I agree, authors do have a responsibility to respect the original tales and the cultures from which they come. I own a collection of the original Grimm Fairy Tales in German, complete with notes about the stories by the Grimm Brothers. All of my Grimm Fairy Tale retellings have involved me translating the stories myself and reading those notes to understand where they came from. I don’t think one always needs to go that extent, but I do think one needs to understand the stories and the cultures where they came from.
It’s common advice that a writer should “write what they know.” If a story goes beyond the life experience of an author, the author has a responsibility to conduct research to become familiar with the culture and time period they’re writing about. This is true whether you’re writing mythpunk, steampunk, fantasy, or science fiction.
I see. Well, I think I have been quite hasty in my initial judgement of this mythpunk phenomenon, I would very much like to find out more. Can you point us at some worthy works of marvellous mythpunk (including your own of course)?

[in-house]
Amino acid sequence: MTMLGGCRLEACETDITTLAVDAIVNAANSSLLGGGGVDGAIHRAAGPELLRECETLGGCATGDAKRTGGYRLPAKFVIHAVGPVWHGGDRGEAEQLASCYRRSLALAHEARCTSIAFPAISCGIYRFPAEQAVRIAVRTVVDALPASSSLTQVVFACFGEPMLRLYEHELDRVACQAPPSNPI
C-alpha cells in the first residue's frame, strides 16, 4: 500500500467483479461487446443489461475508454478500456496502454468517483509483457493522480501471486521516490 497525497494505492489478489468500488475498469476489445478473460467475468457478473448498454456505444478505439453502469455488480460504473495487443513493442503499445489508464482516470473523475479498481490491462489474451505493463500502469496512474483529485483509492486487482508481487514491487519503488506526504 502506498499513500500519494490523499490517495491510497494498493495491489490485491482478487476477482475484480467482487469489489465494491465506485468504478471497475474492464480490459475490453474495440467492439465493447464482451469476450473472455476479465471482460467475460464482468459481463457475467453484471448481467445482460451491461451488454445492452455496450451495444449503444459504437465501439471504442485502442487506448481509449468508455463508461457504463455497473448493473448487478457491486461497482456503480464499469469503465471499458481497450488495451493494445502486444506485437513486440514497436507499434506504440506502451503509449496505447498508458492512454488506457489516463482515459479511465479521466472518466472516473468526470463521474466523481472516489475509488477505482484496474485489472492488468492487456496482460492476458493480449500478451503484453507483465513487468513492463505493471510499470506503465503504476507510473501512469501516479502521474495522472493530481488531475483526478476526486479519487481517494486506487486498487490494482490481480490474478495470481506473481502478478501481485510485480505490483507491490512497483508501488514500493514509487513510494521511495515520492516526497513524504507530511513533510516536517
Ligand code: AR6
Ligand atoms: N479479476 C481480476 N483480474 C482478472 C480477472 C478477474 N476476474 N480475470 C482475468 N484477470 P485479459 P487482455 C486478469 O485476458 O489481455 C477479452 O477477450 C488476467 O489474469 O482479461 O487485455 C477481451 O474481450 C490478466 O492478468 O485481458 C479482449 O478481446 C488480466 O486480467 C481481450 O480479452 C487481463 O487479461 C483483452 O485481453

My works of mythpunk have appeared in two anthologies, which present works by many authors whose work is worth seeking out. These include:
Gaslight and Grimm edited by Danielle Ackley-McPhail and Diana Bastine https://www.amazon.com/Gaslight-Grimm-Steampunk-Faerie-Tales/dp/1942990316/
and Human Tales edited by Jennifer Brozek is available at: https://www.amazon.com/gp/product/B00563YEBW/
My story “The Vrykolakas and the Cobbler’s Wife” is in Cemetery Dance, issue 66, available at: https://www.amazon.com/gp/product/B00BBJVJVI/